While most people who follow a fitness program are generally aware of Pilates as a muscle-conditioning program, there are still a lot of questions from women who have never experienced a Pilates class firsthand. Is Pilates the same as Yoga? What are the benefits of Pilates? Can I do Pilates with a bad back? Can I do Pilates if I’m pregnant?

These are some of the burning questions that women have about Pilates.

Q. Is Pilates The Same As Yoga?

A. Yes and no. Both yoga and Pilates emphasize the importance of linking breath with movment. Both yoga and Pilates are physical forms of exercise that attempt to build on the mind-body connection. And some of the classical yoga poses were incorporated by Joseph Pilates when he developed his original series of Pilates strength-training movements. The benefit of yoga and Pilates both include increased strength, better flexibility and an improved sense of general well-being.

But there are also subtle differences between Pilates and yoga. Yoga tends to hold poses longer, where Pilates is a more dynamic flow of movement. It is not necessary to use props during yoga practice, but Pilates makes use of various props for mat work and specially engineered Pilates machines that add intensity to the workout.

Music often plays an important role in yoga practice, but is rarely used during Pilates classes. Most yoga classes incorporate some type of meditation, but a separate period of meditation is not present in most Pilates classes or lessons.

Q. What Are The Benefits Of Pilates?


A. Pilates provides long lean muscles, improved posture, increased core strength and stability, improved flexibility, improved athletic performance, and better balance, coordination and circulation.

Q. Is It OK To Do Pilates With A Bad Back?


A. The short answer is, yes, it is safe to participate in Pilates even with a bad back. Pilates exercises are designed to be slow and controlled, so you shouldn’t experience any sudden jarring movements. It is important to let your Pilates instructor know if you have any particular physical ailments, such as bad knees or a bad back, so the instructor can offer modified versions of the movements for you.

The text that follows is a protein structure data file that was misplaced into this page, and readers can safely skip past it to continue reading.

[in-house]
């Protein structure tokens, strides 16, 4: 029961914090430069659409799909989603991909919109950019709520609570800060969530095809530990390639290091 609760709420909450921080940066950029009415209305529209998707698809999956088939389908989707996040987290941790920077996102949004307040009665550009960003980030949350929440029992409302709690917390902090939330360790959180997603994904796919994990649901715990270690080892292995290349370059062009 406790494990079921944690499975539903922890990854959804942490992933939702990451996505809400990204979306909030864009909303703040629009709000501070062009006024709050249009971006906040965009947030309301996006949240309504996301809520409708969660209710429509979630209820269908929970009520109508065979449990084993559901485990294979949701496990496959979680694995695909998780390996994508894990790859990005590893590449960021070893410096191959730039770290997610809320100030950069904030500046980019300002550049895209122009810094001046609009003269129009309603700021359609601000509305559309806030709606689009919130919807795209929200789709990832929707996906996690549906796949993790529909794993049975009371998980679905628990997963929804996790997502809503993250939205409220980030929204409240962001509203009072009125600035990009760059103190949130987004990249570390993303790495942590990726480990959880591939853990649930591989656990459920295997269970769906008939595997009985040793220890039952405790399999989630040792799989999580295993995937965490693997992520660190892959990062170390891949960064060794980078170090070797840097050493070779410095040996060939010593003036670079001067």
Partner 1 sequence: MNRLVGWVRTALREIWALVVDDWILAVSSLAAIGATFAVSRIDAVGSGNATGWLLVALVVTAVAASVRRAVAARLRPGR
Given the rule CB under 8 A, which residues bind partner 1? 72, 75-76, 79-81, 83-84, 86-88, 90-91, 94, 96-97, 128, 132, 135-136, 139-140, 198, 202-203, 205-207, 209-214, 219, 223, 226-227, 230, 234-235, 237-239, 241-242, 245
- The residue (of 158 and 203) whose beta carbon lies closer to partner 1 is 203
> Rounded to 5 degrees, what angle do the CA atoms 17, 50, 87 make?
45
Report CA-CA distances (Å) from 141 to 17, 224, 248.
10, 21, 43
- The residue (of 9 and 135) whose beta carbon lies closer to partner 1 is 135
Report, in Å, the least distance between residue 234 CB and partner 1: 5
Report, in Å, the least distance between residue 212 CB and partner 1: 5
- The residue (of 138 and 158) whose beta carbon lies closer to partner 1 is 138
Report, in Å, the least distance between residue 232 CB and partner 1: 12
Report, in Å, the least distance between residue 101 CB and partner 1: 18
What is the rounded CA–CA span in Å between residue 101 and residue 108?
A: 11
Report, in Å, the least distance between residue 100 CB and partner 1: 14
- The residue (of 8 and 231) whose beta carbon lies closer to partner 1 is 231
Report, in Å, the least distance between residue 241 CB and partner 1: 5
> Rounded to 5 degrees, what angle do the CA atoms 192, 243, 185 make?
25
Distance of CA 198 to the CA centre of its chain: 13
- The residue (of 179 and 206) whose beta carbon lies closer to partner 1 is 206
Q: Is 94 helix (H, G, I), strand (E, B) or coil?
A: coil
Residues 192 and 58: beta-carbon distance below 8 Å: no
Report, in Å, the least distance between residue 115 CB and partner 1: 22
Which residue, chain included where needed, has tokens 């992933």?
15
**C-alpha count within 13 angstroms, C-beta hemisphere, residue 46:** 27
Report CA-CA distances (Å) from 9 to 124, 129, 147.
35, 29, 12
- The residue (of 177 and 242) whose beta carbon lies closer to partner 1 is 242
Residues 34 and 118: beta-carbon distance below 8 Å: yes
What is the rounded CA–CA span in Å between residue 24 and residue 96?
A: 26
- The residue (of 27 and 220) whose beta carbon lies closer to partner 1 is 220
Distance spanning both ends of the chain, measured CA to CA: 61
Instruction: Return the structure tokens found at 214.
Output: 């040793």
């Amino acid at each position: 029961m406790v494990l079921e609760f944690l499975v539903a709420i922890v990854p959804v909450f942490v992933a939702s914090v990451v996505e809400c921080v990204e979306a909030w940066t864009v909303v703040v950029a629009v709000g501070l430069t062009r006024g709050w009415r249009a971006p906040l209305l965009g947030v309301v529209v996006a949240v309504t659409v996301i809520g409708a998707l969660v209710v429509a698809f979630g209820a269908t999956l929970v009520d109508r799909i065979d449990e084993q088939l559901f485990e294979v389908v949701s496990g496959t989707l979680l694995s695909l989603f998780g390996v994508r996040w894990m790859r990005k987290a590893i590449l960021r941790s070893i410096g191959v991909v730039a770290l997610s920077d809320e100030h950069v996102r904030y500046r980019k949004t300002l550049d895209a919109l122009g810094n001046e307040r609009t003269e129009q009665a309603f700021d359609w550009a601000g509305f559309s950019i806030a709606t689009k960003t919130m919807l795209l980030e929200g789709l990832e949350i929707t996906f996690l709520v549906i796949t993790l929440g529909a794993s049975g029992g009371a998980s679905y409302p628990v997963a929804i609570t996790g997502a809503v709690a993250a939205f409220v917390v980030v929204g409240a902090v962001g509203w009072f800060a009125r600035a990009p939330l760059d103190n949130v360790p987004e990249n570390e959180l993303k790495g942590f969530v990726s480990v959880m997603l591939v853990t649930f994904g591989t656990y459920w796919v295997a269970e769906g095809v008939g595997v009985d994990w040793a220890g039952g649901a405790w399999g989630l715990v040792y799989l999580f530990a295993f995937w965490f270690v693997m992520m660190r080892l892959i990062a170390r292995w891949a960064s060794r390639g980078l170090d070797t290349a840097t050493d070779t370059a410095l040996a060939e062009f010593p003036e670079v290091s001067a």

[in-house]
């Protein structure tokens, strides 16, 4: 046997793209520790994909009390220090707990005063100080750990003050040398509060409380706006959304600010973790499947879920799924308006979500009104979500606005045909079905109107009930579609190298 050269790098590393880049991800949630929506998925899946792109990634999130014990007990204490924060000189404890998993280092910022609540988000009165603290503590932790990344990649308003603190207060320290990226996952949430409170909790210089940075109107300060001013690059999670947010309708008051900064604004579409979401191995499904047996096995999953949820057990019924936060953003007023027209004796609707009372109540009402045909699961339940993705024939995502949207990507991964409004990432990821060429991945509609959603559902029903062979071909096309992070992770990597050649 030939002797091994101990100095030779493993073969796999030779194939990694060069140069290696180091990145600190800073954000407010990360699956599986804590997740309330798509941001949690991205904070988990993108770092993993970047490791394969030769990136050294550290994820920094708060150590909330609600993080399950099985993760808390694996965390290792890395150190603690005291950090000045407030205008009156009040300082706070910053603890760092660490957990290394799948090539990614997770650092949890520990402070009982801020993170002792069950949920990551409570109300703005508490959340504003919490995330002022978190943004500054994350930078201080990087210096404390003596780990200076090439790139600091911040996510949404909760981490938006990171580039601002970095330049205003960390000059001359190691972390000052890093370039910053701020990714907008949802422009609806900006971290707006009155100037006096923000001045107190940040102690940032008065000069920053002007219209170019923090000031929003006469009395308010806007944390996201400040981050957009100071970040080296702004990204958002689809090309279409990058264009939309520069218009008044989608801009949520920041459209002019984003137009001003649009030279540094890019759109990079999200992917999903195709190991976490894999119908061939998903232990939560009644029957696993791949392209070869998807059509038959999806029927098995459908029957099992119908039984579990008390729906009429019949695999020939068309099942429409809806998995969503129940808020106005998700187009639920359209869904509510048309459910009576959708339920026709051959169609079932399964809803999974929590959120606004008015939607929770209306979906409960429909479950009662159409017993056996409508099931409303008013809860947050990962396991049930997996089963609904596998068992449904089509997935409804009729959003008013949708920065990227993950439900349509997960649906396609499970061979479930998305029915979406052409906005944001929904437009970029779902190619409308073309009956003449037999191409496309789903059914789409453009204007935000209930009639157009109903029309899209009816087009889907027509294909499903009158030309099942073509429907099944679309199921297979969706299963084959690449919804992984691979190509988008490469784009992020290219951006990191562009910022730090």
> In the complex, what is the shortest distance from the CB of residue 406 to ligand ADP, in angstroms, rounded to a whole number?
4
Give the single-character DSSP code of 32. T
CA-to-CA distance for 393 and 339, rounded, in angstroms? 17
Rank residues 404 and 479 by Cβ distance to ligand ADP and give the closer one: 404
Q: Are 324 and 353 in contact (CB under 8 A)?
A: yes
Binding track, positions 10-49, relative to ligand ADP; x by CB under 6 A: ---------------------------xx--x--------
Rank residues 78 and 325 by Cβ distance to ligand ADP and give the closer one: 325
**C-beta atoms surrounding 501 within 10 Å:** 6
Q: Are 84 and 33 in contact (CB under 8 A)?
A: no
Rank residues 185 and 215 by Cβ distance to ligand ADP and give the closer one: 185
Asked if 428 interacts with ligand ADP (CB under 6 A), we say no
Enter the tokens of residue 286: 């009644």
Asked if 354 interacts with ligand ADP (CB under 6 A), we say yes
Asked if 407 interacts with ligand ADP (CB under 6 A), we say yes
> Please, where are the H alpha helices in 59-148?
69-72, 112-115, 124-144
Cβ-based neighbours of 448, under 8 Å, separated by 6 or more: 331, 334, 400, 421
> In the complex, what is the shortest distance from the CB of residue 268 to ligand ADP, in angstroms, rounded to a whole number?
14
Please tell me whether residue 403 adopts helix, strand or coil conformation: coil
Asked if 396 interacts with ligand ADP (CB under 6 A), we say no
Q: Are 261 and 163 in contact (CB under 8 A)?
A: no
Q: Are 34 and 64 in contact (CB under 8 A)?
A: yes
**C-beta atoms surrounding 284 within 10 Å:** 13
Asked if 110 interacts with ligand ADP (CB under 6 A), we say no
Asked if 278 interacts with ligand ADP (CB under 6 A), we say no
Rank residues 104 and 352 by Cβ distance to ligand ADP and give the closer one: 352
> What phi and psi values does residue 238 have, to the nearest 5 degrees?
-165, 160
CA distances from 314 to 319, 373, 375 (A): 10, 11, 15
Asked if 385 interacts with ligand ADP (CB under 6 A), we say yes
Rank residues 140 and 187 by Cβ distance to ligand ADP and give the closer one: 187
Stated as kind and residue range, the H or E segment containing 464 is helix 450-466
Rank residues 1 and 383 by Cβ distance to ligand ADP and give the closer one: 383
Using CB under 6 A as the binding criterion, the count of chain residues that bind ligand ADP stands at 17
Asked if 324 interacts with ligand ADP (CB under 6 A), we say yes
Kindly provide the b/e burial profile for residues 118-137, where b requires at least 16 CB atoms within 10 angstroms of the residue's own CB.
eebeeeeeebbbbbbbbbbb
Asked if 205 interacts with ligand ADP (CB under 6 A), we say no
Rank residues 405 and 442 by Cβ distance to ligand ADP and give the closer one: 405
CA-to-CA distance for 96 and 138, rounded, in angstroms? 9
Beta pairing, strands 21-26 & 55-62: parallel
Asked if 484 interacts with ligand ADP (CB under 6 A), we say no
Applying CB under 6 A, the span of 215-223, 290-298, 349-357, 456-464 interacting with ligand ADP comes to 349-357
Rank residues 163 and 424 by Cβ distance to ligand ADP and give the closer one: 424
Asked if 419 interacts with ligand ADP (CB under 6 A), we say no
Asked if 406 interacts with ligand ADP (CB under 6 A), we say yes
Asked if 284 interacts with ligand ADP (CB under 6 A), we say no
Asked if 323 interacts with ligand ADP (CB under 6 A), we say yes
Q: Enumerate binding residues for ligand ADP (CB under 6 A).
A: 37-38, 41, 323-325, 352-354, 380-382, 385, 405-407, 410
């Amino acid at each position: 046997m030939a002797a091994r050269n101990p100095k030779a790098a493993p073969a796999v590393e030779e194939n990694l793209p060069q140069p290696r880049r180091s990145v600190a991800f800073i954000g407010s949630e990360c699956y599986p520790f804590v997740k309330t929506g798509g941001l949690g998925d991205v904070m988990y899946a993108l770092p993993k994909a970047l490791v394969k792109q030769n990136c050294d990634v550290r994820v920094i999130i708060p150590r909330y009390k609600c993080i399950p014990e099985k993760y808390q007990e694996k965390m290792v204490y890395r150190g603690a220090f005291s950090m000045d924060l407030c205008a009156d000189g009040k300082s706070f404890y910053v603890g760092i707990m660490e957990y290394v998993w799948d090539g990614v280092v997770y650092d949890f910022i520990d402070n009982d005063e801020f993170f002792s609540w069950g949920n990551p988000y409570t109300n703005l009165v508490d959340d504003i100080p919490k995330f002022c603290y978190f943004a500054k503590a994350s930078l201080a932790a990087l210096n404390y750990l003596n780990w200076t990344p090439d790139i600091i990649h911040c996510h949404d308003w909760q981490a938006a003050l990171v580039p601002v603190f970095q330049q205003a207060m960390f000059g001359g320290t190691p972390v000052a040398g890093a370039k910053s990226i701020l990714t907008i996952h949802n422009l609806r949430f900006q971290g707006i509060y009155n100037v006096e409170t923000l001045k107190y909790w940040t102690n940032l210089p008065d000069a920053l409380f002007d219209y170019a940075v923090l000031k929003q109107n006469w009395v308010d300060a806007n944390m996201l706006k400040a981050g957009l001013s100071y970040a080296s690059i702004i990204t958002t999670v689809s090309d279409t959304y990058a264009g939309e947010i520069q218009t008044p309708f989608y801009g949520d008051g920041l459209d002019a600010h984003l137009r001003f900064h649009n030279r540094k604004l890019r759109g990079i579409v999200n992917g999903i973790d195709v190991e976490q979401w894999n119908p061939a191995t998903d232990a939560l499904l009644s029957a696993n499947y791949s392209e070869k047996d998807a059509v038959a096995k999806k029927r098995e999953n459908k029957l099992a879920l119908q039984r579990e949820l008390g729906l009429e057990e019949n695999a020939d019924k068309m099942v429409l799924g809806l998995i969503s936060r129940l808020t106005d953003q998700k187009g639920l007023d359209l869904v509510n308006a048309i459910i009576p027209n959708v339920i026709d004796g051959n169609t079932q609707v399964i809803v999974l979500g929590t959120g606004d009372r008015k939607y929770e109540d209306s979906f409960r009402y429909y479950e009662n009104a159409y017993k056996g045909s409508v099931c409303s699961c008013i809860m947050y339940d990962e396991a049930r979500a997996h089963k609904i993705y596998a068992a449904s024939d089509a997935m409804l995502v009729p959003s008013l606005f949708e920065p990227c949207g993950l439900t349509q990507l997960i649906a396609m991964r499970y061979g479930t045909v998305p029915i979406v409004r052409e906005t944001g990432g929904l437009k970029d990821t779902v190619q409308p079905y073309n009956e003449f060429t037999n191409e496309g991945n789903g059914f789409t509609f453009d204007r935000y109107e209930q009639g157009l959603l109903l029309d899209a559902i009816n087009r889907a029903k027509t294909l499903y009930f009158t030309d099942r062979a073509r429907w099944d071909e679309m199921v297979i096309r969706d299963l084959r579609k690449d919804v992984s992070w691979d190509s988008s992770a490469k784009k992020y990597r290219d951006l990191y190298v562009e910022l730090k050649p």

While it is always a good idea to discuss a new exercise program with your doctor or chiropractor, most people with weak lower backs see marked improvement after a consistent series of Pilates classes. The strengthening of the abdominals, and other core muscles, helps reduce stress on the lower back, so as a Pilates student, you may actually find yourself needing less frequent chiropractic adjustments.

Q. Is It OK To Do Pilates While Pregnant?


A. Moderate exercise is usually encouraged during a normal healthy pregnancy. Exercise can go a long way toward preventing varicose veins, hemorrhoids and lower back pain that often results during pregnancy. However, only you and your doctor know what’s best for you and your baby, so be sure consult your OB GYN before beginning any exercise programs during pregnancy.

As your body changes during pregnancy, so do the effects of exercise. During the first trimester, you may be fatigued and find it necessary to decrease the amount of exercise that you’ve been used to doing. By the second trimester, abdominal muscles are becoming stretched out, creating an increased risk of injury to the lower back.

As your hormone levels change over the course of your pregnancy, ligaments surrounding the joints become more slack and vulnerable to injury. It is important not to overstretch, but exercise that builds and strengthens muscles around the joints can help alleviate the potential for injuries. By the 16th week of pregnancy, it is advised not to lay flat on your back, as it can restrict the flow of blood to both the mother and the fetus.

There are adjustments that can be made to assist with Pilates workouts during pregnancy. It is a good idea to modify positions by the second trimester, using light equipment such as the Spine Supporter to assist with the poses. Pregnant women also find it helpful to engage the use of Pilates equipment such as the Reformer, Cadillac and Stability Chair.


As always, listen to your body and avoid over-exertion, overheating and dehydration.